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Showing 13 posts from May 2013.

The Inbox - May 31, 2013

Our Suits by Suits Inbox this week:

The Inbox -- Three Day Weekend Edition (5/24/2013)

As we here at Suits by Suits get ready for a rare (but welcome!) three-day weekend, you might want to kick back, relax, and enjoy the week in disputes between executives and their employers.  We'd say crack open a cold one for us as well, but given that it's before noon on a Friday and you're probably at work, that might not be the best advice we've ever given.  On a related note:  this blog does not provide legal advice or constitute an attorney-client relationship.

Against the Odds, High Court Will Hear Whistleblower Case

Supreme CourtYesterday, the Supreme Court announced that it will hear the case of Jackie Hosang Lawson and Jonathan Zang, two former Fidelity employees who seek to reverse the dismissal of their Sarbanes-Oxley whistleblower claims.  In this post last week on Suits by Suits, we outlined Lawson and Zang’s petition to the Court and described the long odds that petitioners face when they ask the Supreme Court to review their cases.  The U.S. government also didn’t do Lawson and Zang any favors when it told the Court that it shouldn’t take their case.  Now that Lawson and Zang have bucked the odds, they might be feeling like they bought that lucky PowerBall ticket.

The Court has outlined the question presented by Lawson and Zang’s case as follows: 

Section 806 of the Sarbanes-Oxley Act, 18 U.S.C. § 1514A, forbids a publicly traded company, a mutual fund, or “any ... contractor [or] subcontractor ... of such company [to] ... discriminate against an employee in the terms and conditions of employment because of” certain protected activity. (Emphasis added). The First Circuit held that under section 1514A such contractors and subcontractors, if privately-held, may retaliate against their own employees, and are prohibited only from retaliating against employees of the public companies with which they work.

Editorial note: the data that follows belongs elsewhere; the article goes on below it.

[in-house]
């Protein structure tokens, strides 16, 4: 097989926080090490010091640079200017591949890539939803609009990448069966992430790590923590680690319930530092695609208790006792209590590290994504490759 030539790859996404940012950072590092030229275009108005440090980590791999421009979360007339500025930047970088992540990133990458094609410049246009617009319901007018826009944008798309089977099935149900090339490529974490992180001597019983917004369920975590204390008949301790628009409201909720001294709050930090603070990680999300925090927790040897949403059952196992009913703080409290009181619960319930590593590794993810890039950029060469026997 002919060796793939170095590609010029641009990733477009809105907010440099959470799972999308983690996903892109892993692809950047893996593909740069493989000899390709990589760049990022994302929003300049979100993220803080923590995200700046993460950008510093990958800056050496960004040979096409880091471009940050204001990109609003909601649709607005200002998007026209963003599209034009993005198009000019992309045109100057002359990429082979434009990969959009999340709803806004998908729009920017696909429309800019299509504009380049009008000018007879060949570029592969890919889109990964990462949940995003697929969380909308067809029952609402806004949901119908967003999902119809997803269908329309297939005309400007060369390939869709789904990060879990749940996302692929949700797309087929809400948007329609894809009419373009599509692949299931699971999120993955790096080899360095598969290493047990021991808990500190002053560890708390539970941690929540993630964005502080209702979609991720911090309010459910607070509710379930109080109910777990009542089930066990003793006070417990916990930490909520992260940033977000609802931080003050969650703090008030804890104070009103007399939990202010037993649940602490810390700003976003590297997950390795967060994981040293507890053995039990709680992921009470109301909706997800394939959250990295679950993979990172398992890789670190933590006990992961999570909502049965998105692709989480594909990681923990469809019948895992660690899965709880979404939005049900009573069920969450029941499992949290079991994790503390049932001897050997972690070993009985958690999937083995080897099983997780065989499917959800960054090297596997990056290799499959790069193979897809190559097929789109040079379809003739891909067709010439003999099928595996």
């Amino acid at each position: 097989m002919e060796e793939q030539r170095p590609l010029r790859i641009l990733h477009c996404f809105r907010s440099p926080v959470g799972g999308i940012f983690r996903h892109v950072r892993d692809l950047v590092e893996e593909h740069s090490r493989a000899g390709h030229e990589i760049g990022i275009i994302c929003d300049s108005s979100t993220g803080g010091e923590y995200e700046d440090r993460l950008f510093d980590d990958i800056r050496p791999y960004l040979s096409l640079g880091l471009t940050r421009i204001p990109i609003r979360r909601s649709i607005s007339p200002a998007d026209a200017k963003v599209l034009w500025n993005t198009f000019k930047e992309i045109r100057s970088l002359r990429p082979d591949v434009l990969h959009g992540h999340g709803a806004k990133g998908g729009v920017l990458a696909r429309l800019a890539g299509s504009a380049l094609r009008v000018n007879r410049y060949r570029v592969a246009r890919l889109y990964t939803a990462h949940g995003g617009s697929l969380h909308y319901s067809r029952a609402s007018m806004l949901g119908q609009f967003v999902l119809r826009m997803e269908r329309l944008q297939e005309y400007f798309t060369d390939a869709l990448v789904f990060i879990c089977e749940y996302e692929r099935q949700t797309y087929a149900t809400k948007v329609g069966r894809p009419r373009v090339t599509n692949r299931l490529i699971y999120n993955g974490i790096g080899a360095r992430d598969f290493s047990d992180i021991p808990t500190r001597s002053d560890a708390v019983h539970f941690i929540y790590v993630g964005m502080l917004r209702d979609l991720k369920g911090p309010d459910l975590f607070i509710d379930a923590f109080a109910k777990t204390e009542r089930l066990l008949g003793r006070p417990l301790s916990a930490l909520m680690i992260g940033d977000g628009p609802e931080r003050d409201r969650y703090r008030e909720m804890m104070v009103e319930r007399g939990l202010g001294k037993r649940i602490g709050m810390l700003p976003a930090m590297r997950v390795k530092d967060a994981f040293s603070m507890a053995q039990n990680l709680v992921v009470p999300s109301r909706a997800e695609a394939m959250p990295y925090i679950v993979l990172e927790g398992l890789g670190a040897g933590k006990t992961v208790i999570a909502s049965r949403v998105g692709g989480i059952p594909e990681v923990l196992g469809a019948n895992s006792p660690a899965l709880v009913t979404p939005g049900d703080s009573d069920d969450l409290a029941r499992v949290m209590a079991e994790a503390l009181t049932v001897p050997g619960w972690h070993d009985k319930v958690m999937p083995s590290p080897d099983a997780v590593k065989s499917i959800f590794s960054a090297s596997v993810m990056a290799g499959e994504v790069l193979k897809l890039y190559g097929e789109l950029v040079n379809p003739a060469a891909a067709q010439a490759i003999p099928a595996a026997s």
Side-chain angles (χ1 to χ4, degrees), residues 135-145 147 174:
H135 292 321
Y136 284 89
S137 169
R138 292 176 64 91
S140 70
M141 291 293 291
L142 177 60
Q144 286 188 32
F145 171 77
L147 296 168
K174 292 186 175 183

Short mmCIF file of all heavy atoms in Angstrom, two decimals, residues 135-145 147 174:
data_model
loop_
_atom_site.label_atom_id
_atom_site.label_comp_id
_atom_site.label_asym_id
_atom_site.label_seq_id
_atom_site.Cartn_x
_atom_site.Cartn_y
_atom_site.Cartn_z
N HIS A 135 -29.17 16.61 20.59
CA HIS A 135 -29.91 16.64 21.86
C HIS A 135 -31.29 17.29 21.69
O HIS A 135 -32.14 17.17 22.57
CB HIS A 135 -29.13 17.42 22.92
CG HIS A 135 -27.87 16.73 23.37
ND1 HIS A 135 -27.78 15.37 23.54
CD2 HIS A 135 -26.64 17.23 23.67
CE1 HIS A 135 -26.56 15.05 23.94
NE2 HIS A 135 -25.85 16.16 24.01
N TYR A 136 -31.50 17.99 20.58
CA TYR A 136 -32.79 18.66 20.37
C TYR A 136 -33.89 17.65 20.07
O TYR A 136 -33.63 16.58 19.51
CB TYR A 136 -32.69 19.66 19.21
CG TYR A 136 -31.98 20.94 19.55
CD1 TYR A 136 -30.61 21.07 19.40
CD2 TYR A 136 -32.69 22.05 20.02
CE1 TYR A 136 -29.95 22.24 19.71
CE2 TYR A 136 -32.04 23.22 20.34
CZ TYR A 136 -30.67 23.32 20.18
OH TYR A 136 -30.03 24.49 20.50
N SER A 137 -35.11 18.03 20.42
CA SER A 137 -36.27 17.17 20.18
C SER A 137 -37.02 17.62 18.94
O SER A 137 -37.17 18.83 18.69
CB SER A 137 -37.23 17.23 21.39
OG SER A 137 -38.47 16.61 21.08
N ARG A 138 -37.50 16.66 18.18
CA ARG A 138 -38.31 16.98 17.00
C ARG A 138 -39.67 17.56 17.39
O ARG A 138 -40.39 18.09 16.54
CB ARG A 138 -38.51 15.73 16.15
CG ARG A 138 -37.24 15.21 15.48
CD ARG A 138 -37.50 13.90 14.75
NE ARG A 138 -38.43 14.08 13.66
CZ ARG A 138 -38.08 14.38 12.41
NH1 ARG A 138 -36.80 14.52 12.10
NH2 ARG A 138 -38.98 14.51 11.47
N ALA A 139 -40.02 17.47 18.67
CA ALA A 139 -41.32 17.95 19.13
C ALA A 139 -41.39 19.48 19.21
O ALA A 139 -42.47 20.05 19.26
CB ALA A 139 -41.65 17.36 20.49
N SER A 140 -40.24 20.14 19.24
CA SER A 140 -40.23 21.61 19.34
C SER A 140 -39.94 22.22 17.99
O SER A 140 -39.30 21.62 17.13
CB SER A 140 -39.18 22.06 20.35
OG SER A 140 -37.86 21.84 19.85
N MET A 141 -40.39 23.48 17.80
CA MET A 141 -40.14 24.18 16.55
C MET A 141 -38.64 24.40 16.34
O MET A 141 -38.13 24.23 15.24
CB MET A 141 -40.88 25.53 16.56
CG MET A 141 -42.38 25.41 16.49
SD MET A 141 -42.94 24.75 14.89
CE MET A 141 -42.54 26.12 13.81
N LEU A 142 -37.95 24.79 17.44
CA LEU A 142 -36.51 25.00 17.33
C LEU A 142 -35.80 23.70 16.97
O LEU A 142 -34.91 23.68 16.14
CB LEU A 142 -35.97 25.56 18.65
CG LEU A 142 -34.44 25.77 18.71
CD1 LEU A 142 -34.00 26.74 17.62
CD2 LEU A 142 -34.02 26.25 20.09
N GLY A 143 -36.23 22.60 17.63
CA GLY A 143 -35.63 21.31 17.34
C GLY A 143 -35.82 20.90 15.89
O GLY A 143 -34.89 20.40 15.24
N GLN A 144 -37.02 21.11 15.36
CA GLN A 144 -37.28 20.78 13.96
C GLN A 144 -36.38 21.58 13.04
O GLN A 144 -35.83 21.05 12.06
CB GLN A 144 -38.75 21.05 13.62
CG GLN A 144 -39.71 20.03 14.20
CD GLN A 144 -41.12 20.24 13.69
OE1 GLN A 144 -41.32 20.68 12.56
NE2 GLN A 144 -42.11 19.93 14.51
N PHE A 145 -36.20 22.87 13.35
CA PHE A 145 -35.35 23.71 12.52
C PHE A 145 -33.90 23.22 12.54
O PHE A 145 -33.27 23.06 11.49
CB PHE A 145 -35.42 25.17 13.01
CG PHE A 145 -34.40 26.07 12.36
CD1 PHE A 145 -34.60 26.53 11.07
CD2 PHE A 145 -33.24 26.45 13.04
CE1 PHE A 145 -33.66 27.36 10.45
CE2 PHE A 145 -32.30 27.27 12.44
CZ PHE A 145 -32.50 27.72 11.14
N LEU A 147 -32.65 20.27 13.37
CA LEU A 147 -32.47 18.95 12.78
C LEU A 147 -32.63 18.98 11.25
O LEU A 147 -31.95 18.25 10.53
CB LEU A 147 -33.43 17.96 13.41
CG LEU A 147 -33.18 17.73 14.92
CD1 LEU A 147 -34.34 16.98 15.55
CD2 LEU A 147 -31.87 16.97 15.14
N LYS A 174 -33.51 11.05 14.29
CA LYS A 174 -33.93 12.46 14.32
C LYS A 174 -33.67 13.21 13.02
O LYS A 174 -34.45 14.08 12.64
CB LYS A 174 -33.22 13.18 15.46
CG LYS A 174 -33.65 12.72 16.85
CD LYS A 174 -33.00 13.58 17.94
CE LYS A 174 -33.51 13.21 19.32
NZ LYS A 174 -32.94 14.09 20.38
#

. . .

Is an employee of a privately-held contractor or subcontractor of a public company protected from retaliation by section 1514A?

To prevail, Lawson and Zang must convince the Court that the answer is yes. Read More ›

The Inbox - May 17, 2013

Indian Hawthorne FlowersMay flowers are blooming, and so is the Suits by Suits news:

  • CEO dismissals hit a 10-year high in 2012, according to The Corporate Board’s study of CEO succession practices.  Matteo Tonello of the Corporate Board published this summary of the study on the Harvard Law School Forum on Corporate Governance and Financial Regulation.
  • The Anderson County Council is talking settlement in its long-running dispute with former county administrator Joey Preston, reports Bill Poovey of GSA Business.   The South Carolina legislators have spent $3 million in legal fees in their unsuccessful effort to recover Preston’s $1 million severance package.  That money would have bought a lot of Skins’ hot dogs.
  • We previously brought you the story of David Nosal, a former Korn/Ferry executive who was facing trial on charges of gaining unauthorized access to Korn/Ferry’s system and stealing trade secrets.  Joanne Lublin of the Wall Street Journal reports that the trial did not turn out well for Nosal: he was convicted on all counts.  Nosal told Lublin that he is confident that the verdict will be reversed.